Big upgrade push: Windows users have seen the icon in the system tray nagging them to upgrade.  Why the big push?  Microsoft is trying to avoid another Windows XP.  At the time Windows XP was declared “end-of-life,” it accounted for about 10% of all computers on the Internet.  Two years later, about 7% are still using XP.  That’s a lot of users running a dead operating system.  On top of that, Windows 7 will be 7 years old in July and only supported for 4 more years (until January 2020).

While Windows XP maybe working great, there are reasons to get off of it.  Google has been leading a push for a more secure Internet.  Windows XP cannot handle many modern security methods in use today.  All browsers in XP (except Firefox) will display ‘your connection is not private’ when connecting to a website that has more modern security then XP can understand.  Since Windows XP is not a supported operating system, it won’t be updated to handle modern security methods.  While the website will still work, your connection will be less secure.  A work around for this security issue is to use Firefox.  Though no known vulnerabilities exist in XP, best practice dictates users should remove unsupported operating systems from the Internet if it doesn’t need to be on the Internet.  Another reason to upgrade is new hardware and software will not have support for old operating systems.

The upgrade push for Windows 10 has been nothing short of a disaster.  Last year, users eligible for the upgrade  began seeing a Windows icon in the system tray saying ‘you’re PC is ready for your free upgrade.’  This deplorable tactic is commonly used by malware and spyware authors to trick you into installing software you don’t want or need.  As an Information Technology professional with an interest in cyber security, this is the type of message I tell users NOT to acknowledge.  Kind of ironic.  Initially this tray icon came in the form of a Windows “Recommended” update.  Then Microsoft upgraded it to a “Critical” Windows Update -yet another deplorable tactic.  Despite this maneuver, Windows 10 is NOT a critical update.  The upgrade popups are very confusing as the clickable options are: “upgrade now,” “upgrade later,” “OK,” or “Get Started.”  Oh, it gets worse.  Users are reporting they vigilantly closed the prompts to upgrade (clicked the red “X”) but their system was still upgraded automatically against their wishes.  They went to bed with Windows 7 and got up the next morning to Windows 10. Surprise.

Once the upgrade happens, you do have 30 days to revert back to your previous version of Windows.  The problem here is users have found the roll back frequently fails.  Imagine that.  ‘Don’t worry, you can go back… if you want.  Opps, the roll back just failed!  Guess you’re stuck.’  Thanks.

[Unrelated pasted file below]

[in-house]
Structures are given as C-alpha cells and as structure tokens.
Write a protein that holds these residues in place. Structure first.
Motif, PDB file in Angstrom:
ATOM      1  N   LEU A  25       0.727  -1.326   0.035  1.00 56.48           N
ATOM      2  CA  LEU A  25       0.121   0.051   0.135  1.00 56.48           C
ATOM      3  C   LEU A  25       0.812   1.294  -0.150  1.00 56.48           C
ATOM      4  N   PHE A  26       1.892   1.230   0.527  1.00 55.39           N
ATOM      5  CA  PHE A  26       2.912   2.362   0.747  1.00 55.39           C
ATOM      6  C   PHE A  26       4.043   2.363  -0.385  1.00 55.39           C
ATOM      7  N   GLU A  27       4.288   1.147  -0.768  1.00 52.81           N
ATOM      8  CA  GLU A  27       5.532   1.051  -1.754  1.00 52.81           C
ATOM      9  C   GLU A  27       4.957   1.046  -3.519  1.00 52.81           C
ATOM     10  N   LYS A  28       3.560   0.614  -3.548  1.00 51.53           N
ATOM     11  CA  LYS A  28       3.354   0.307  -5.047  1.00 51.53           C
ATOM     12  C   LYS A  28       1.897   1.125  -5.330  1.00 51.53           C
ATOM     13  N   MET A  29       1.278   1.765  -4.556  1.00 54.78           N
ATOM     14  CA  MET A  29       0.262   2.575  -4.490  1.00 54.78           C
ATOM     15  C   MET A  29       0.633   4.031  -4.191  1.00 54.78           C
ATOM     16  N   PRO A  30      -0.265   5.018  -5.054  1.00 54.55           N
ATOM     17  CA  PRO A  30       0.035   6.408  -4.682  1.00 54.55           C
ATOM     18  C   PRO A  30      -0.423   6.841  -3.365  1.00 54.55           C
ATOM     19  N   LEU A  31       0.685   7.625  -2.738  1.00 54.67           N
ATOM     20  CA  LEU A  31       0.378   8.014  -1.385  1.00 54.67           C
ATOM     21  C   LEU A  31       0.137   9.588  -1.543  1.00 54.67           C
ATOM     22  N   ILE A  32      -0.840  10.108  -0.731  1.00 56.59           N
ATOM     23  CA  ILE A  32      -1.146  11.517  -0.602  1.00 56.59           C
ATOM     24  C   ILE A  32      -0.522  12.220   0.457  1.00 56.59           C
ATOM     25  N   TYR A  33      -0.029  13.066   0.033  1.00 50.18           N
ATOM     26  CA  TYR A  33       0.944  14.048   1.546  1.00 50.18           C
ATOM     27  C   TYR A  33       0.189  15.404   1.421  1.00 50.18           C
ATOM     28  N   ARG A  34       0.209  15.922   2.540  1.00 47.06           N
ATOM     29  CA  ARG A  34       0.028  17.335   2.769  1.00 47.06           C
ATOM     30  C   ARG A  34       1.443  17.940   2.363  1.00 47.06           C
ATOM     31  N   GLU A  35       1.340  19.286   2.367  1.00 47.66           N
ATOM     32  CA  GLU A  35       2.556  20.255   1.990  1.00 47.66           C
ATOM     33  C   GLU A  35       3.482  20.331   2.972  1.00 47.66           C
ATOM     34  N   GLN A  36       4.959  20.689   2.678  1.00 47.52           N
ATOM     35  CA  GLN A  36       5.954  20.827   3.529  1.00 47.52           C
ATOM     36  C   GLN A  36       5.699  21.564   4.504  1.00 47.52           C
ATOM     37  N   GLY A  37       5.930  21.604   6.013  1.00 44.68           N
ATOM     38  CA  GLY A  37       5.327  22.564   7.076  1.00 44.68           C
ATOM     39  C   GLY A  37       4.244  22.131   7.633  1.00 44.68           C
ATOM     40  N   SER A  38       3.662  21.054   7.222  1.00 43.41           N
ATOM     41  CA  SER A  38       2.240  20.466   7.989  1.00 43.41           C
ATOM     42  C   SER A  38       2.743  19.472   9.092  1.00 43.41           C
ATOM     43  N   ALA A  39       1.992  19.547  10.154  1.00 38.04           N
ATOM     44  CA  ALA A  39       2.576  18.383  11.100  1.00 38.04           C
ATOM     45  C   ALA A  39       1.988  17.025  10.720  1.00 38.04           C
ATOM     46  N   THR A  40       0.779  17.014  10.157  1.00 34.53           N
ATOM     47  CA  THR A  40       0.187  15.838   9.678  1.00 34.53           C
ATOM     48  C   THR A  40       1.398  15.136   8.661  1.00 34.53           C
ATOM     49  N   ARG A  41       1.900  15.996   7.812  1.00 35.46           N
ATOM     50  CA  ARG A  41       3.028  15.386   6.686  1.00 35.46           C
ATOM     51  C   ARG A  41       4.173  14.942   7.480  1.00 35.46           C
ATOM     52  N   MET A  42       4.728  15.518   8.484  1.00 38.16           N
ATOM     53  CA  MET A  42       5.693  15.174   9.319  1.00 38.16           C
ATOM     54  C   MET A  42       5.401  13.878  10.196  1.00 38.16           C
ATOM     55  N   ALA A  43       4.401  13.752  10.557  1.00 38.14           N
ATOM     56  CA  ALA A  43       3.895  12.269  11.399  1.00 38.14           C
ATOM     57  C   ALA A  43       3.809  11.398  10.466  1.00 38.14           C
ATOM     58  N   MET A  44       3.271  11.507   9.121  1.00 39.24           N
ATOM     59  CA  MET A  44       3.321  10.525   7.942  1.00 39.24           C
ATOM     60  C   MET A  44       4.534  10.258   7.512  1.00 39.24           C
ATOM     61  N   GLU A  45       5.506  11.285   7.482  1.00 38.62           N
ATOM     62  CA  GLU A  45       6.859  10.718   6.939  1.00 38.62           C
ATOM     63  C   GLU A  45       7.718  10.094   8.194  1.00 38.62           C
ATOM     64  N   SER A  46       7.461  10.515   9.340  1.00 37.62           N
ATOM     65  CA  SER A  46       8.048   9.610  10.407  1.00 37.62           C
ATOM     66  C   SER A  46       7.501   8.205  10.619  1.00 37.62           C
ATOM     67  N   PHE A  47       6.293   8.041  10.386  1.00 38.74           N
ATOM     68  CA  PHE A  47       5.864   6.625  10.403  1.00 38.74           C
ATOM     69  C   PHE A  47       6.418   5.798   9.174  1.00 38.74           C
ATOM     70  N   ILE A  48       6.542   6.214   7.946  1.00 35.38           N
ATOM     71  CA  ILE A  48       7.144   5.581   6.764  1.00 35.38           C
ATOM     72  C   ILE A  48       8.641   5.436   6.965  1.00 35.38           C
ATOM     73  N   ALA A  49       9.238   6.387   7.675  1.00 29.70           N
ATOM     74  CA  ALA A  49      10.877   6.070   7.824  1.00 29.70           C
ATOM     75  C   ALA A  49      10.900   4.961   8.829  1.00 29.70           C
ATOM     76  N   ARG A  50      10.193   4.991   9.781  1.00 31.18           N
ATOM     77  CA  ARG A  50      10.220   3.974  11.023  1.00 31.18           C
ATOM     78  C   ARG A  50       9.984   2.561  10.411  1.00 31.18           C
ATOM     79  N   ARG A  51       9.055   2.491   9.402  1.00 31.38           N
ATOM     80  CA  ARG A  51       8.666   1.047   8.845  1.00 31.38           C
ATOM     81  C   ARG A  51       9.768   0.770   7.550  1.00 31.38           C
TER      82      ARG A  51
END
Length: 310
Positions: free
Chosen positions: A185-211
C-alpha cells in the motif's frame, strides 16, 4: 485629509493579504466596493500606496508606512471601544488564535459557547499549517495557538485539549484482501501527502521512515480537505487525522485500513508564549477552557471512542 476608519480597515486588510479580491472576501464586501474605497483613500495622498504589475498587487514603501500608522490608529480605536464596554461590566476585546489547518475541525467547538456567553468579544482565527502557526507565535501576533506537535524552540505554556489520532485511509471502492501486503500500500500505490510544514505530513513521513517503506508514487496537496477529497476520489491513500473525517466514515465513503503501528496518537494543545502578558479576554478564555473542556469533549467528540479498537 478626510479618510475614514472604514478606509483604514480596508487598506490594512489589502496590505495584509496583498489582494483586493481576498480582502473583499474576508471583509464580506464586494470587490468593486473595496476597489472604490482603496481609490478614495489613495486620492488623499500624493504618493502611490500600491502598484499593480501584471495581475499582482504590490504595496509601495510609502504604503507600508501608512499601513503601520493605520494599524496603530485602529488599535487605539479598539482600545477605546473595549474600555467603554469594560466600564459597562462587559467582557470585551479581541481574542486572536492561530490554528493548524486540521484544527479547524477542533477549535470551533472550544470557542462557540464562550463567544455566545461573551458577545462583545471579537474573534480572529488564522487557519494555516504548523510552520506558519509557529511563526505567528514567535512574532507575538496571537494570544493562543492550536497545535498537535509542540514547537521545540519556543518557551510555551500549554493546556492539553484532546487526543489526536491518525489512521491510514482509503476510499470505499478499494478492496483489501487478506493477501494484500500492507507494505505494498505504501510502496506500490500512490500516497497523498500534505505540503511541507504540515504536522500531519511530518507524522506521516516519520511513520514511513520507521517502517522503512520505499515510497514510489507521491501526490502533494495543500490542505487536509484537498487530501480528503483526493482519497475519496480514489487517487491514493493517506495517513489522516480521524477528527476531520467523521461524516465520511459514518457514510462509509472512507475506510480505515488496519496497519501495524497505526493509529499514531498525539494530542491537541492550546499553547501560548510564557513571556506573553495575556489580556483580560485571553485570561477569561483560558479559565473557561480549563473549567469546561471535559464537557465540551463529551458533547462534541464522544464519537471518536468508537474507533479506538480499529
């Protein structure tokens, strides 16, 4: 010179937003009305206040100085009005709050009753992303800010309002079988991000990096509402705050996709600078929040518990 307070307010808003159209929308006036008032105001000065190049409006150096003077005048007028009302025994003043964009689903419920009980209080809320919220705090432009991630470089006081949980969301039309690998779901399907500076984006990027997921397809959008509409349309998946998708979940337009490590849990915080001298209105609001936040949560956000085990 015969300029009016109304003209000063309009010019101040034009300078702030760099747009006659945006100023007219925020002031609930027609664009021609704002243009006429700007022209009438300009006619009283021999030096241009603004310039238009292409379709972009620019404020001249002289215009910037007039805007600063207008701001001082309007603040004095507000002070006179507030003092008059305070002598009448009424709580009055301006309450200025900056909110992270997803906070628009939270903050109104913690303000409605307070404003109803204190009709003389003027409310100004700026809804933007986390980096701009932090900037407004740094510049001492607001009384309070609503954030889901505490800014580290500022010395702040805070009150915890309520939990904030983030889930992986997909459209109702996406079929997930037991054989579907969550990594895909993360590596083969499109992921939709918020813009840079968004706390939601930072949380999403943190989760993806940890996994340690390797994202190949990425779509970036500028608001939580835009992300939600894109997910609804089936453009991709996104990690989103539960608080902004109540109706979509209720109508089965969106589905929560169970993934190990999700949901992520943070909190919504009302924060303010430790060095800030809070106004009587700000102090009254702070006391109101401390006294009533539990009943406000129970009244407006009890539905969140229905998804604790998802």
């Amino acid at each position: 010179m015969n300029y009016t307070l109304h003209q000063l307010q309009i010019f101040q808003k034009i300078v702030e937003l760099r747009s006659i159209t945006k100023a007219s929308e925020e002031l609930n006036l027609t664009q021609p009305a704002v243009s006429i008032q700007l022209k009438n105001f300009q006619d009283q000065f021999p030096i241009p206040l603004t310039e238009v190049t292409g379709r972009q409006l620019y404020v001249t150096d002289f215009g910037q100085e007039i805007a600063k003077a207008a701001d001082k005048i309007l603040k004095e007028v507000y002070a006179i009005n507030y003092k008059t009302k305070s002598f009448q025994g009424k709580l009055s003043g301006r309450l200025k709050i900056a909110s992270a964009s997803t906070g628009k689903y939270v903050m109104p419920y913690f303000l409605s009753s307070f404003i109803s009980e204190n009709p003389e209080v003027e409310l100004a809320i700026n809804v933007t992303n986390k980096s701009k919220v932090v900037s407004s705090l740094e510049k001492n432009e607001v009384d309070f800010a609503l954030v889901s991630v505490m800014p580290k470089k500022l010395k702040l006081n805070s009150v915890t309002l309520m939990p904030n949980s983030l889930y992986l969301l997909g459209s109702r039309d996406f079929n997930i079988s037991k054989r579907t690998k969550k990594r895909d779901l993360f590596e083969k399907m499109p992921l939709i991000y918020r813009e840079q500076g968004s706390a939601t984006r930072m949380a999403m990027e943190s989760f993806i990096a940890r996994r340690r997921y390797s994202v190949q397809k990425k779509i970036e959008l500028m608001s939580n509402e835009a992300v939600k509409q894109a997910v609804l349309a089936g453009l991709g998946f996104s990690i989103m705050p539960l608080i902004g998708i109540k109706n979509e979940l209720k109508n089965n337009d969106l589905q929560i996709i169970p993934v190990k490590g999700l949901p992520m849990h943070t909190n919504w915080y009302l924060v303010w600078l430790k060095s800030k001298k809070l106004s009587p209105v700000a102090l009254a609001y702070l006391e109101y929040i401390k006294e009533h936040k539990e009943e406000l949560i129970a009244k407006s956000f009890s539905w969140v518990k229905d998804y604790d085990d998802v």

Start Menu: Microsoft tried to remove the Start menu in Windows 8 and replaced it with a full screen tile menu.  This was an attempt start a unified experience between PCs and mobile devices.  The change worked fine on small screen devices but was a terrible experience on PCs.  It was met with much outcry.  The Start menu has returned in Windows 10 with something that kind of resembles the Start menu from Windows 7.  It’s more of a combined Start menu -- “Live Tile” experience.  Live Tiles display updates like weather, news, and photos, while others are just a static application icon.
Adding to the confusion, there now two places where system settings reside: “Settings” and “Control Panel.”  Settings typically run between devices like time zone, personalization, notifications, and user accounts.  The
Control Panel is mostly desktop specific settings.

Tracking:  Microsoft Windows 10 tracks much of what you do and where you go.  Their claim is they provided a free upgrade so you can give some information back to Microsoft on your usage.  Two problems with this: even if you pay for the Windows 10 upgrade, this information is still shared with Microsoft.  The other, this tracking is now rolled into Windows 7 and 8.  Privacy advocates feel this is a violation of user’s privacy.  The argument on the other side is most use Google or Apple’s services and they know just as much about you.  This Ars Technica article explains tracking is a growing trend in technology:

Upgrade tips: create a full system backup using a backup service or create an image of your current installation on an external hard drive before attempting to upgrade.  This is a backup incase the rollback fails.  Check the vendor’s website of your hardware and critical software applications.  Look for driver support or knowledge base articles about Windows 10 before upgrading.  Knowing whether your devices and software are supported will help minimize regret because your favorite app or device no longer works.

Certainly some of these concerns have caused me to look at alternative operating systems.  I have found in my deployments (I have yet to upgrade all of my desktops) with a little work, I can get 10 to act a lot like (my favorite) Windows 7.  Turning off or uninstalling cruft helps a lot: turning off notifications, disabling camera & microphone usage, disable Cortana, remove many Universal Applications, and turn off background apps.  I use Classic Shell to return a normal looking Start menu and Anti-Beacon to disable tracking.  Links to those applications and ones to disable the upgrade nag-screens are below.  Seriously, if you find any of these apps useful, consider donating to the author because we need to support those doing the right thing and allowing choice.